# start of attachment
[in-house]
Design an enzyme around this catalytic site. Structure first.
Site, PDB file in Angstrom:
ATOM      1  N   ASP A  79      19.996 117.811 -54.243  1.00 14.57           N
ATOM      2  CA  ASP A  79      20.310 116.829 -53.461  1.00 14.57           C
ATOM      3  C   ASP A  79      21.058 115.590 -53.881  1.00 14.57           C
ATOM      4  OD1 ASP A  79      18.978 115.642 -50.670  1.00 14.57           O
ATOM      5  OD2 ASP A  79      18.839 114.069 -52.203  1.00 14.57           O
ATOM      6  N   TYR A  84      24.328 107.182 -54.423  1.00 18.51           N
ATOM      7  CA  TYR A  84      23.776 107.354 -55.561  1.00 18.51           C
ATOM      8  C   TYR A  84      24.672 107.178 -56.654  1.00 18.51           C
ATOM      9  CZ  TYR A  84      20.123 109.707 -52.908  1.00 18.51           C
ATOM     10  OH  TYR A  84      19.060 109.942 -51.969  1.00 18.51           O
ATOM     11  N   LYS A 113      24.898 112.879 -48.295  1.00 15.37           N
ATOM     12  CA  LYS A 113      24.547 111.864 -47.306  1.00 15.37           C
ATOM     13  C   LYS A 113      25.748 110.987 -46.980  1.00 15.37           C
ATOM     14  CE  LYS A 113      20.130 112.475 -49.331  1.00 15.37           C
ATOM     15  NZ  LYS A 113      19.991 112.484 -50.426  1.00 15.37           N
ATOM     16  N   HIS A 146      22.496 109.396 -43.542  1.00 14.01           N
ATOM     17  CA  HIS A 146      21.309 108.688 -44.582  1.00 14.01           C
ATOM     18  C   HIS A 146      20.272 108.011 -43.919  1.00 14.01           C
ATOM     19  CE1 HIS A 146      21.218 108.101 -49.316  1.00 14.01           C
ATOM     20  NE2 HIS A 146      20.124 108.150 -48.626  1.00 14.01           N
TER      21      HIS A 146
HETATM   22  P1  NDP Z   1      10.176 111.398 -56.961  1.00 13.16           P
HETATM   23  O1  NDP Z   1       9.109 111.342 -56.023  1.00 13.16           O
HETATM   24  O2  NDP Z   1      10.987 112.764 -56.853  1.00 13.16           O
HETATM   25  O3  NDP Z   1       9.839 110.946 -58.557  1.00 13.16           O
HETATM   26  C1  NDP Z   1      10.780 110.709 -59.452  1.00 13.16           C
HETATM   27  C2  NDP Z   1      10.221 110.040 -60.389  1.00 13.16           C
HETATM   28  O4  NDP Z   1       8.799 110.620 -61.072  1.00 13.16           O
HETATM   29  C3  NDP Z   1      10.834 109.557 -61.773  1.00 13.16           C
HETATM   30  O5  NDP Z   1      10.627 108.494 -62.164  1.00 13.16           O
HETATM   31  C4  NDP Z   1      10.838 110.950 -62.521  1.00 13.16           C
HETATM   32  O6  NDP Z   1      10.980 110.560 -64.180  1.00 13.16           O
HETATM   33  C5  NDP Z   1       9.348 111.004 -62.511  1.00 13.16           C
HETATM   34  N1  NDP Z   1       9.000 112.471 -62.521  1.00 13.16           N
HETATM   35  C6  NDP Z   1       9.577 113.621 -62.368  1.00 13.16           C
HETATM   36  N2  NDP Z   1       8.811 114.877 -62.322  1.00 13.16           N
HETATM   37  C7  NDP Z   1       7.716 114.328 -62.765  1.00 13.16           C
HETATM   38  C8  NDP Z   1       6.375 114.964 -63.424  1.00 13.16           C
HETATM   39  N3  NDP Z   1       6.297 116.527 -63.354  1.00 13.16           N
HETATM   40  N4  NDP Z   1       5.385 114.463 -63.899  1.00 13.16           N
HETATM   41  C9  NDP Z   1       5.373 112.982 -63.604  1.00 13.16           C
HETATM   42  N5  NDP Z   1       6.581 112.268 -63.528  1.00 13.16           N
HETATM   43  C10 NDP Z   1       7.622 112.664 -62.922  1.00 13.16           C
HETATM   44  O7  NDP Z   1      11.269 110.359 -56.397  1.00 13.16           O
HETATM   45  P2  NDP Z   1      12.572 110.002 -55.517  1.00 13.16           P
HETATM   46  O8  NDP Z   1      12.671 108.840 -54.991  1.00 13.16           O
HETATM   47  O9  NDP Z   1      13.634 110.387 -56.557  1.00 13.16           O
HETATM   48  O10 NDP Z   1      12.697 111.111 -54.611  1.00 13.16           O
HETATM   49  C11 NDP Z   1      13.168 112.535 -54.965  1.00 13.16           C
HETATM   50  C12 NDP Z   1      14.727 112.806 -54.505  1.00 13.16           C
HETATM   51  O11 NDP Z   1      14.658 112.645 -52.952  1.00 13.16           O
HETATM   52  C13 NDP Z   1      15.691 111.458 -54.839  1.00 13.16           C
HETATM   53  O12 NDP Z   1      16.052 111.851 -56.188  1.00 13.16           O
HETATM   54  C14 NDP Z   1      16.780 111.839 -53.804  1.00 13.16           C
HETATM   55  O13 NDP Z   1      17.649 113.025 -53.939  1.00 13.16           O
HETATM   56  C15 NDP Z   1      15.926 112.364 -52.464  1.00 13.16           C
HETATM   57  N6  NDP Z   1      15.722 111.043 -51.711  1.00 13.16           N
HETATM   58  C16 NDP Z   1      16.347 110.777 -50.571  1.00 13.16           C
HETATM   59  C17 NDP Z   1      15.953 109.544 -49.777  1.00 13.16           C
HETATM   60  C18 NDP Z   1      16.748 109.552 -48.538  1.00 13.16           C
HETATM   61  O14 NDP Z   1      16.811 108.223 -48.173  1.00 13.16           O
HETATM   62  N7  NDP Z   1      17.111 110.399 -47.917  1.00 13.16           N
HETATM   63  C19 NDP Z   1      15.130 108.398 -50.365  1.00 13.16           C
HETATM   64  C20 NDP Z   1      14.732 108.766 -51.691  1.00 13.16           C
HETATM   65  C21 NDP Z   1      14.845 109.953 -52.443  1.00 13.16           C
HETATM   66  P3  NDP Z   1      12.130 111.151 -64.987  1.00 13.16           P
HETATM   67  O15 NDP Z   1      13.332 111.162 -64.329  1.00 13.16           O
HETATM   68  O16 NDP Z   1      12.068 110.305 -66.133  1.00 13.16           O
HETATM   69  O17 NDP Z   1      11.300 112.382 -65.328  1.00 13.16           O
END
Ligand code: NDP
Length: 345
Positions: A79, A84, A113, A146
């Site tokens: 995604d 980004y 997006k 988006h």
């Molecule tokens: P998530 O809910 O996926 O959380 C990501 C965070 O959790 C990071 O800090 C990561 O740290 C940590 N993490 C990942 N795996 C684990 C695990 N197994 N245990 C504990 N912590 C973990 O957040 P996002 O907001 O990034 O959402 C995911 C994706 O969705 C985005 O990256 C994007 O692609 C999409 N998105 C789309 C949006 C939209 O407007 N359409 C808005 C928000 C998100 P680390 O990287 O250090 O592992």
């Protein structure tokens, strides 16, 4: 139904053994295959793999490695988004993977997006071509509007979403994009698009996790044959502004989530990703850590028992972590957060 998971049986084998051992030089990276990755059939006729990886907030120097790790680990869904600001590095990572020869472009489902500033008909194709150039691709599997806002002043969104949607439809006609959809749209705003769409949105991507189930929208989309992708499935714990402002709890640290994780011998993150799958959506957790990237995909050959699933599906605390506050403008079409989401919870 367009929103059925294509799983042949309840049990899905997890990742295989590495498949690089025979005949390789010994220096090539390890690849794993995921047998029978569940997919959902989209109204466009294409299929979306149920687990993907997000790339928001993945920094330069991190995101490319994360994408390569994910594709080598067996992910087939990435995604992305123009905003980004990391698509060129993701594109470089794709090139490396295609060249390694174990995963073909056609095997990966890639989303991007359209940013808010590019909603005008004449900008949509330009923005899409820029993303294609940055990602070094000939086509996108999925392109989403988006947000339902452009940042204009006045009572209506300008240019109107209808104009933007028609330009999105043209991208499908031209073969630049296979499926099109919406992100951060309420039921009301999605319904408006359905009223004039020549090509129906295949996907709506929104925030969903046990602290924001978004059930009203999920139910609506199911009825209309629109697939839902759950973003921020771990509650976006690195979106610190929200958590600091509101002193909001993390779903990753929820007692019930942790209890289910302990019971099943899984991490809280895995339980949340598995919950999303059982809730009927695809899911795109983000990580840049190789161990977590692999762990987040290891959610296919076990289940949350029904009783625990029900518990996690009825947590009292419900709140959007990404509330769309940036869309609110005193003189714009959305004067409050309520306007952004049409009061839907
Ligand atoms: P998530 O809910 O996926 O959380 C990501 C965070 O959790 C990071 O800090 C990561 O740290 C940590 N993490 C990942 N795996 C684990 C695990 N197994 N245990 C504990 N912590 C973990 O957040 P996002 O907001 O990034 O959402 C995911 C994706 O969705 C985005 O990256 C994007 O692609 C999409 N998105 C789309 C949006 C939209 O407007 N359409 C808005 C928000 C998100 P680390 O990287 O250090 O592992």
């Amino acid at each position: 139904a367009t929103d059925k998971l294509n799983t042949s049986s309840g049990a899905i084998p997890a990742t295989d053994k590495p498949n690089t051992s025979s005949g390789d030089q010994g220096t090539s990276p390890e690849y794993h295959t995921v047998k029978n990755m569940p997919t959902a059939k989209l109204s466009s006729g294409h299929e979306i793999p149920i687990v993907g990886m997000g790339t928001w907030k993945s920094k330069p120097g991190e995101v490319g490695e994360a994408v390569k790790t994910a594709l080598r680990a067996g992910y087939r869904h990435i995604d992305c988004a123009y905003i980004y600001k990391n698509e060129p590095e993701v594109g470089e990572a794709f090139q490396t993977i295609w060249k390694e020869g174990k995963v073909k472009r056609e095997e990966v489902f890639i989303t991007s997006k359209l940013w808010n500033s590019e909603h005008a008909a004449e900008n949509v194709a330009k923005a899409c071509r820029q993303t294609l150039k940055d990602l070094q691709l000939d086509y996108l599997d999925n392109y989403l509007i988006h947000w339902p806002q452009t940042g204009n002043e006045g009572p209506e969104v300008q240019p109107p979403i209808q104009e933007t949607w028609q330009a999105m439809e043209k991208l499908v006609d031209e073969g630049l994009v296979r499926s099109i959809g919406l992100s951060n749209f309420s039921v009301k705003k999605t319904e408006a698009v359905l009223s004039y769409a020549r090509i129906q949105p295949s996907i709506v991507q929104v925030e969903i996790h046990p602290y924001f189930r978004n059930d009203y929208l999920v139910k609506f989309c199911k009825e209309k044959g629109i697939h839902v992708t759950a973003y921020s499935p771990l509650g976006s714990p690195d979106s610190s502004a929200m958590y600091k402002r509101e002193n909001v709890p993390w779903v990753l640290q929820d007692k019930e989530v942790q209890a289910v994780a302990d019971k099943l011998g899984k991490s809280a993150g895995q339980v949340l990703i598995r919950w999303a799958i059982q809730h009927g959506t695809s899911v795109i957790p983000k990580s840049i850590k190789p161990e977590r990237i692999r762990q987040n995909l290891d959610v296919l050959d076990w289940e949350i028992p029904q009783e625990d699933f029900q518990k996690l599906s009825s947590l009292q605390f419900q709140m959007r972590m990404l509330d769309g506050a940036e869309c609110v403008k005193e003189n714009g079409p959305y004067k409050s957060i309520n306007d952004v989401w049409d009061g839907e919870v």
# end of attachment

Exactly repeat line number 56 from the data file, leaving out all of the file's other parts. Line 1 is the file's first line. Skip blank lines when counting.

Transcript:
HETATM   53  O12 NDP Z   1      16.052 111.851 -56.188  1.00 13.16           O